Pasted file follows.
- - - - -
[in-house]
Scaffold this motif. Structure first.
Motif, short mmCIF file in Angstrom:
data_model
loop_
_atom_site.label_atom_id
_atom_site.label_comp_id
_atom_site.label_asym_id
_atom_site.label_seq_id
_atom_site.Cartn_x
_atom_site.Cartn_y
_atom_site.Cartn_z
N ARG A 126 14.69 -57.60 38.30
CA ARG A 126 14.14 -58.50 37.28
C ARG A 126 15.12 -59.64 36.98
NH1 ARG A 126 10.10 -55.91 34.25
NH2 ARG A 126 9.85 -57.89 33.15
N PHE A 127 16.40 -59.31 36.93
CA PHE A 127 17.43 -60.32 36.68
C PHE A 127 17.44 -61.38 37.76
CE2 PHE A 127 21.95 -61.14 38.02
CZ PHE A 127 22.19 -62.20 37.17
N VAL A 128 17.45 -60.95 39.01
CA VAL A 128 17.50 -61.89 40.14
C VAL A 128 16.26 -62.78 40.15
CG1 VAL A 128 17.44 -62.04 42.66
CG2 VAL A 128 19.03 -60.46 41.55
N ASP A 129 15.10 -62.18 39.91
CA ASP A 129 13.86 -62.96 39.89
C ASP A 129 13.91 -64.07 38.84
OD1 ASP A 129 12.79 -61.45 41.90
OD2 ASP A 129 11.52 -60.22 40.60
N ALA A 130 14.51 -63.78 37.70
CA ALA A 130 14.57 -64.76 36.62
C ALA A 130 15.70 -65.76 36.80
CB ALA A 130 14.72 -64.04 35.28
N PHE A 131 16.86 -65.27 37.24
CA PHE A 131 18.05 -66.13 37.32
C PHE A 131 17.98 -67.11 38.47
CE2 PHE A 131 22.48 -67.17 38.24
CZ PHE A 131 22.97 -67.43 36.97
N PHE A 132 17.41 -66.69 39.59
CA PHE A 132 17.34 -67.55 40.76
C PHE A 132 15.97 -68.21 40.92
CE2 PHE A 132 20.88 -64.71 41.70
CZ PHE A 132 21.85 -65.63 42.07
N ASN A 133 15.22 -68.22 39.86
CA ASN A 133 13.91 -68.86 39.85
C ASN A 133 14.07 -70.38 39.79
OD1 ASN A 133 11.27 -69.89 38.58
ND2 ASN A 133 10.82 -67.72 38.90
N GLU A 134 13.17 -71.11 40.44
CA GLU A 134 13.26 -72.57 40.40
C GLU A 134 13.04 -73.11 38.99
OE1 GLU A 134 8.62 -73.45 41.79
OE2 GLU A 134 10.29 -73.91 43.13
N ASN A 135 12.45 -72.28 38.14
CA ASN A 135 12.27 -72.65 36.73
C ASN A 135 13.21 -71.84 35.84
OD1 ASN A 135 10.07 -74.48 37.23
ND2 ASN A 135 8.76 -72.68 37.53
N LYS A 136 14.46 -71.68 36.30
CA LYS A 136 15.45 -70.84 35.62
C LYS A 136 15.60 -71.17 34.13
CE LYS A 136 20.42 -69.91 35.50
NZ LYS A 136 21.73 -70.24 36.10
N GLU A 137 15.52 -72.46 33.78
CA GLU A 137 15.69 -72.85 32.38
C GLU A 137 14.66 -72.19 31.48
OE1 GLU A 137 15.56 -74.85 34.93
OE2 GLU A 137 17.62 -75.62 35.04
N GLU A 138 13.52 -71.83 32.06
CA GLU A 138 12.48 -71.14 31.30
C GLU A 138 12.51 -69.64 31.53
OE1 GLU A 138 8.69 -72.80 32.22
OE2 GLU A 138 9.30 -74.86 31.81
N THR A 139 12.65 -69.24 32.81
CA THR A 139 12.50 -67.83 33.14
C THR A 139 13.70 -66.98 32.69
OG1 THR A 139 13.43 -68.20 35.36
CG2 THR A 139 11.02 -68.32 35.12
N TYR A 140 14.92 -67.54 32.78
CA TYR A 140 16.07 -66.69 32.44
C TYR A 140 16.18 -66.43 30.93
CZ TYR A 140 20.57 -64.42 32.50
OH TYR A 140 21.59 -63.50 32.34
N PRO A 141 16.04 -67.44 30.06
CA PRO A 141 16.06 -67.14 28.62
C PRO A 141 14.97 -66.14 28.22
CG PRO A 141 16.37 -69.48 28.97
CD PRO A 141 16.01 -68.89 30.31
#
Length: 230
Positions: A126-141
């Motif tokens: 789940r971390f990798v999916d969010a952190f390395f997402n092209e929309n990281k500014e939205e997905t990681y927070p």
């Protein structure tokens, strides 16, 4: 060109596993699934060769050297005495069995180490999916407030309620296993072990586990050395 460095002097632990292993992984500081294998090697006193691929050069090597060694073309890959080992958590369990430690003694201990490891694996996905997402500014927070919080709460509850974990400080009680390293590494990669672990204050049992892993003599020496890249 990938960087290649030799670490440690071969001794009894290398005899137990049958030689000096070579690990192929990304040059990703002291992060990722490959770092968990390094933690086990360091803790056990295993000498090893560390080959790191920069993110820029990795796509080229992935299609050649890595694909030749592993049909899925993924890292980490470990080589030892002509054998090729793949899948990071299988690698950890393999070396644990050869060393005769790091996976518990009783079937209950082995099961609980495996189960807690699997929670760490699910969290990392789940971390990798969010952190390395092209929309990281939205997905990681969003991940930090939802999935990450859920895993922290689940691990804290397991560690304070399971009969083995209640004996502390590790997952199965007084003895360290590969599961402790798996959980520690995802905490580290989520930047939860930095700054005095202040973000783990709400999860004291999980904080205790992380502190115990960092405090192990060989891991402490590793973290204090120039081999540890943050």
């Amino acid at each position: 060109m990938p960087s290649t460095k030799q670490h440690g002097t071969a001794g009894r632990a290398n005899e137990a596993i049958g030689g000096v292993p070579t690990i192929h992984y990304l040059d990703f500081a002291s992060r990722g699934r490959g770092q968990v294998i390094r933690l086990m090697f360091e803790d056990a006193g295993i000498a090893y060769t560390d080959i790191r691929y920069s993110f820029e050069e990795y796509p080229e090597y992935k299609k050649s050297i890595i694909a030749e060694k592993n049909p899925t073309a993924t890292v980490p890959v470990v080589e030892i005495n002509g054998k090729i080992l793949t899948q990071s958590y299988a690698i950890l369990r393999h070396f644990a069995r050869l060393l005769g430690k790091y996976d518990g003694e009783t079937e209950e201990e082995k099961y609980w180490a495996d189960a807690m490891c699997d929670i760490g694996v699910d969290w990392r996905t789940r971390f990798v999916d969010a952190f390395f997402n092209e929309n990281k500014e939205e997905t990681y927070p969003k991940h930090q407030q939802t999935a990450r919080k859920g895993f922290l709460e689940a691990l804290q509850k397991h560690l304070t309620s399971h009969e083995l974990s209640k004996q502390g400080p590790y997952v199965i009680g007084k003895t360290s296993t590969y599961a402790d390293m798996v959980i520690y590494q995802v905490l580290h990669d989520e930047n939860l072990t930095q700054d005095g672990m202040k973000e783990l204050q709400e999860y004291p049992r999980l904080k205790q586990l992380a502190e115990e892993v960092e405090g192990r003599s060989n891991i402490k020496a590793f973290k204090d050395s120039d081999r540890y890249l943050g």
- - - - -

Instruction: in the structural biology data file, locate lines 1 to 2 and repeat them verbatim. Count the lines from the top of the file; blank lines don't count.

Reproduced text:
[in-house]
Scaffold this motif. Structure first.